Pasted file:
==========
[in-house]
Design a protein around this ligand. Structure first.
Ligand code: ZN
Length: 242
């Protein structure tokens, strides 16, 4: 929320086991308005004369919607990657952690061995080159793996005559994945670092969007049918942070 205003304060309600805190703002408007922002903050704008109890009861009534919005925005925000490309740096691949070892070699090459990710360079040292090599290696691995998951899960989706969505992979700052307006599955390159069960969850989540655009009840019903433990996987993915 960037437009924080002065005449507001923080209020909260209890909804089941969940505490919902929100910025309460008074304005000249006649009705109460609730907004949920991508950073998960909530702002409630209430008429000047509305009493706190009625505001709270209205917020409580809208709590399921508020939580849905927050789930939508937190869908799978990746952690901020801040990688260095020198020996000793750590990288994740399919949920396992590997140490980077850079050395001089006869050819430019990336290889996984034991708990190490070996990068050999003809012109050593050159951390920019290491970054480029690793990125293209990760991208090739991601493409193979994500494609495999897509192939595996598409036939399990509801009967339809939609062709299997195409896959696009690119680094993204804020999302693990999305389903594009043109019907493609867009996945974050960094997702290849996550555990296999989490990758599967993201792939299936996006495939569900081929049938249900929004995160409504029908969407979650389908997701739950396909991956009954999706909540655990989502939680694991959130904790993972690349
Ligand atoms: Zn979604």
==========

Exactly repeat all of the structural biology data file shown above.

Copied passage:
[in-house]
Design a protein around this ligand. Structure first.
Ligand code: ZN
Length: 242
């Protein structure tokens, strides 16, 4: 929320086991308005004369919607990657952690061995080159793996005559994945670092969007049918942070 205003304060309600805190703002408007922002903050704008109890009861009534919005925005925000490309740096691949070892070699090459990710360079040292090599290696691995998951899960989706969505992979700052307006599955390159069960969850989540655009009840019903433990996987993915 960037437009924080002065005449507001923080209020909260209890909804089941969940505490919902929100910025309460008074304005000249006649009705109460609730907004949920991508950073998960909530702002409630209430008429000047509305009493706190009625505001709270209205917020409580809208709590399921508020939580849905927050789930939508937190869908799978990746952690901020801040990688260095020198020996000793750590990288994740399919949920396992590997140490980077850079050395001089006869050819430019990336290889996984034991708990190490070996990068050999003809012109050593050159951390920019290491970054480029690793990125293209990760991208090739991601493409193979994500494609495999897509192939595996598409036939399990509801009967339809939609062709299997195409896959696009690119680094993204804020999302693990999305389903594009043109019907493609867009996945974050960094997702290849996550555990296999989490990758599967993201792939299936996006495939569900081929049938249900929004995160409504029908969407979650389908997701739950396909991956009954999706909540655990989502939680694991959130904790993972690349
Ligand atoms: Zn979604």